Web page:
Even as they abuse the poor slum-dweller, few city people pause to think how embarrassing this must be for the person, especially a woman, forced in this situation of open defecation in crowded cities. What they do not realize is that this is not a ‘toilet’ problem, this is a social and economic problem; the inhuman sight of open defecation in cities is the result of an inhuman economic system which destroys village communities and causes distress migration. And speaking of economics brings us to money and to digital money, the second part of this story.
    Like with the soil-to-mud cycle in the toilet story, which we may also call the food cycle, there is also an economic cycle which links raw material, product, by-product and left-over (‘waste’). Here too, the essence is in the local. In an optimal economic system, almost the entire cycle is in the local environment, where the ‘waste’ of the first product cycle is the raw material of the next, and so on. Also, a maximum of local production is locally consumed, so that the balance of the eco-system is well-maintained. For example, if a community were to produce food to meet its own needs as well as a few other neighbouring communities, it can keep its river and ground water and forest resources in balance. But if it wants to recklessly produce a thousand times its own requirement for cash income, then it destroys the soil and water and forest resource (for example, Punjab with rice and wheat, Malaysia with palm oil, etc.). Modern economics says how much to produce depends on the ‘market demand’, never mind if the region itself is ravaged and destroyed, whereas human wisdom says how much to produce depends on the ecological balance and long-term sustenance – livelihood, society and ecology have to flourish together as one.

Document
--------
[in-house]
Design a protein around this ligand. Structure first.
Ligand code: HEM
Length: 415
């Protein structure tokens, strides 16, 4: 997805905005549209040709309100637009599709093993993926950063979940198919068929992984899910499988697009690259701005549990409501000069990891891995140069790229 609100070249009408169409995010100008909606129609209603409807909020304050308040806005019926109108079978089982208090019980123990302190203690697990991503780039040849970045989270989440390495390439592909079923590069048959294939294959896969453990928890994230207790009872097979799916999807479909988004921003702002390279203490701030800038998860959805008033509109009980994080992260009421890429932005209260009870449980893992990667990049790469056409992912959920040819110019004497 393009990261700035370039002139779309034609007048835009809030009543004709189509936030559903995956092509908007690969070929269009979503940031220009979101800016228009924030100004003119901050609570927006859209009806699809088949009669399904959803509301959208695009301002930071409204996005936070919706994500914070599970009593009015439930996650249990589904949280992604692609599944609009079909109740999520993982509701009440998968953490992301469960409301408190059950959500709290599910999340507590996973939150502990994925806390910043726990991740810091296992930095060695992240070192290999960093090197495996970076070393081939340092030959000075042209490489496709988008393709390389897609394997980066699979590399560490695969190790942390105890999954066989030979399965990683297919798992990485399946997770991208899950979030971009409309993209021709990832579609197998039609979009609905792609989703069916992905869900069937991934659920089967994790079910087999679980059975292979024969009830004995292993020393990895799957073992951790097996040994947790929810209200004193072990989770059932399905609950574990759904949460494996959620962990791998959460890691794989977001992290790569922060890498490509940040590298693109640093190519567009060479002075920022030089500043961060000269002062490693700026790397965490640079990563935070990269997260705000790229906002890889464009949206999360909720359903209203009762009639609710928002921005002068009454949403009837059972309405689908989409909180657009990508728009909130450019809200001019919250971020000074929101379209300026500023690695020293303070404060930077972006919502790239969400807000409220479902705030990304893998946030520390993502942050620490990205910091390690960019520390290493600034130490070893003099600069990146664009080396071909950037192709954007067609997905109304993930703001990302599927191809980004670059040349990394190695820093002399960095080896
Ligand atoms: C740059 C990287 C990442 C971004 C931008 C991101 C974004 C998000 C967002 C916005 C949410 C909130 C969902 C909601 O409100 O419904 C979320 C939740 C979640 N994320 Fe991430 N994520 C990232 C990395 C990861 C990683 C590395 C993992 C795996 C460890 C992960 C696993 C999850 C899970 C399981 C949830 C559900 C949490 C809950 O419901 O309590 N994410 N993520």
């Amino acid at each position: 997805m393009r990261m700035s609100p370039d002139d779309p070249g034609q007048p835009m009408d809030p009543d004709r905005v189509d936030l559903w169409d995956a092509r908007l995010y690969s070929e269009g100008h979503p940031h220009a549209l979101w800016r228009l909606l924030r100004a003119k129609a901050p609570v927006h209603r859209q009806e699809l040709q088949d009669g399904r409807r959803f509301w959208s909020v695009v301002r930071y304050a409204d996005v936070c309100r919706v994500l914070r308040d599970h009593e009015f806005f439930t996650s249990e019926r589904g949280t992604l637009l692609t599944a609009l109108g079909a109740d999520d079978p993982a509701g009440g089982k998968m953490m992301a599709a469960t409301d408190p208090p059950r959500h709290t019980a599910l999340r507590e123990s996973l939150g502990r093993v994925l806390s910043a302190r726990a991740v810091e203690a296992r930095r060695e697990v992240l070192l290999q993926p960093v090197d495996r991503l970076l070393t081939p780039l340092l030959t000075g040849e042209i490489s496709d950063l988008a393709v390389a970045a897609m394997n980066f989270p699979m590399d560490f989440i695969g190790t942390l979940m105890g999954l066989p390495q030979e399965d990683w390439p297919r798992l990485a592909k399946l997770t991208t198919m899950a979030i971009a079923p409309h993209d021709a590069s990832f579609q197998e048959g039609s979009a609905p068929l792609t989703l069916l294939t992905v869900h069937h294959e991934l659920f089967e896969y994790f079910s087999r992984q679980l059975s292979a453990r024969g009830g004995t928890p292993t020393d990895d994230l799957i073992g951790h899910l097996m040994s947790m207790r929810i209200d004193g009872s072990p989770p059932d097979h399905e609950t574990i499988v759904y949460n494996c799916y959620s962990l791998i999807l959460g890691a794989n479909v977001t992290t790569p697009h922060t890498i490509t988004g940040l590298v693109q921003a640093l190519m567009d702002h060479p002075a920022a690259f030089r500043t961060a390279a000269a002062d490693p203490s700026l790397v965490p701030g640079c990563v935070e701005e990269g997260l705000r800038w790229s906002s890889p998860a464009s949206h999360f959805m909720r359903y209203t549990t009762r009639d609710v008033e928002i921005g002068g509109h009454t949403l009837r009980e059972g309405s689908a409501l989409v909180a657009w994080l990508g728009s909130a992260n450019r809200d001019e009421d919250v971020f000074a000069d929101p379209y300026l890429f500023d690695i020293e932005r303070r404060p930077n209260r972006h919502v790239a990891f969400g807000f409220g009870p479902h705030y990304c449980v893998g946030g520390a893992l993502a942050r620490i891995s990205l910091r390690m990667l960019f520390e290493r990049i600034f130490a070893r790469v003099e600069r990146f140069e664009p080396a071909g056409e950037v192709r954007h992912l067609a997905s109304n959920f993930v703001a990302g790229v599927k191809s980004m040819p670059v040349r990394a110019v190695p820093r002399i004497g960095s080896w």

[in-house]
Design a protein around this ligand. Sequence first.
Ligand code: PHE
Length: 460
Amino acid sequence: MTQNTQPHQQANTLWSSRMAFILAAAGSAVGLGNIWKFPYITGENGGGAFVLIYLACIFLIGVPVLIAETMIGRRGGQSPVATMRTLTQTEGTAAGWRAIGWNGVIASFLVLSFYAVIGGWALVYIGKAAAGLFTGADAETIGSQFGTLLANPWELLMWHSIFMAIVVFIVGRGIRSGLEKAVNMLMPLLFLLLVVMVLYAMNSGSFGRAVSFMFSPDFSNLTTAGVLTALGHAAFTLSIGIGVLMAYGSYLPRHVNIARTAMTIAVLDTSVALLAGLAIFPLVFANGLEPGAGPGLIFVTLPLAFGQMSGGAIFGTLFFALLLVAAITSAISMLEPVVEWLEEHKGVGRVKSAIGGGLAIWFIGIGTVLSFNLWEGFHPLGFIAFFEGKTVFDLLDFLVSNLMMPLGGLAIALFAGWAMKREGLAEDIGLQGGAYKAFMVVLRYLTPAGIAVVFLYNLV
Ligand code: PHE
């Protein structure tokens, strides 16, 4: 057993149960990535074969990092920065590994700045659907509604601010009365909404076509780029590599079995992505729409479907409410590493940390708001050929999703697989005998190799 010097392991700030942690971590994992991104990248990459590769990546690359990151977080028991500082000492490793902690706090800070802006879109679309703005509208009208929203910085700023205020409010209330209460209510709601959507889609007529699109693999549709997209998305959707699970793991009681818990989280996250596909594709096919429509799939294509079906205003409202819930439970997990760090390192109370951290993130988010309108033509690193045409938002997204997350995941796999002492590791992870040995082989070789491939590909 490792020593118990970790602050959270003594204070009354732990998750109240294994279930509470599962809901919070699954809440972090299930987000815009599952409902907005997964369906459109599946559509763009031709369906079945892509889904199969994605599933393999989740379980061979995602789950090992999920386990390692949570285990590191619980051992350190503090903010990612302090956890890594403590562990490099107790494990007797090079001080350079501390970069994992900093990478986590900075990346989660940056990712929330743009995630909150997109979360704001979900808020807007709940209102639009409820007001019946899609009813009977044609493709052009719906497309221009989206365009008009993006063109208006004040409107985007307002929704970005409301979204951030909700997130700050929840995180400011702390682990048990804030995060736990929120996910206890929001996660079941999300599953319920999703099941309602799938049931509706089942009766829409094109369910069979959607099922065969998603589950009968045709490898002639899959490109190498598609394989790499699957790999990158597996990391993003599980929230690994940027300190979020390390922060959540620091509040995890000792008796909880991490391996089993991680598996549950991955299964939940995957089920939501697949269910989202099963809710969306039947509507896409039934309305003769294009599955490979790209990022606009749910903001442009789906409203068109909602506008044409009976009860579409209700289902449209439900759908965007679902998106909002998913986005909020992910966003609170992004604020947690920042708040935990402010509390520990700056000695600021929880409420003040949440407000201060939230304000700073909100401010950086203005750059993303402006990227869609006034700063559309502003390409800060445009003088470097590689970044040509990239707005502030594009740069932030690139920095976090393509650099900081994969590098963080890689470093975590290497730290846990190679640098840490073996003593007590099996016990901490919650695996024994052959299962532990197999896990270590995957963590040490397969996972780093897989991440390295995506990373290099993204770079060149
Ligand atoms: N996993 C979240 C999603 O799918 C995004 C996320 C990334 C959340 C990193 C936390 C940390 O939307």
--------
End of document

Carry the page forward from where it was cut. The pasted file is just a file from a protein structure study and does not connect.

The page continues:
When economics is linked to society and ecology, i.e., in a civilized community, there is only limited use of paper currency. People have a relationship to land and society and culture and aesthetics. There is limited movement of goods in and out of the community and they don’t give undue importance to paper currency.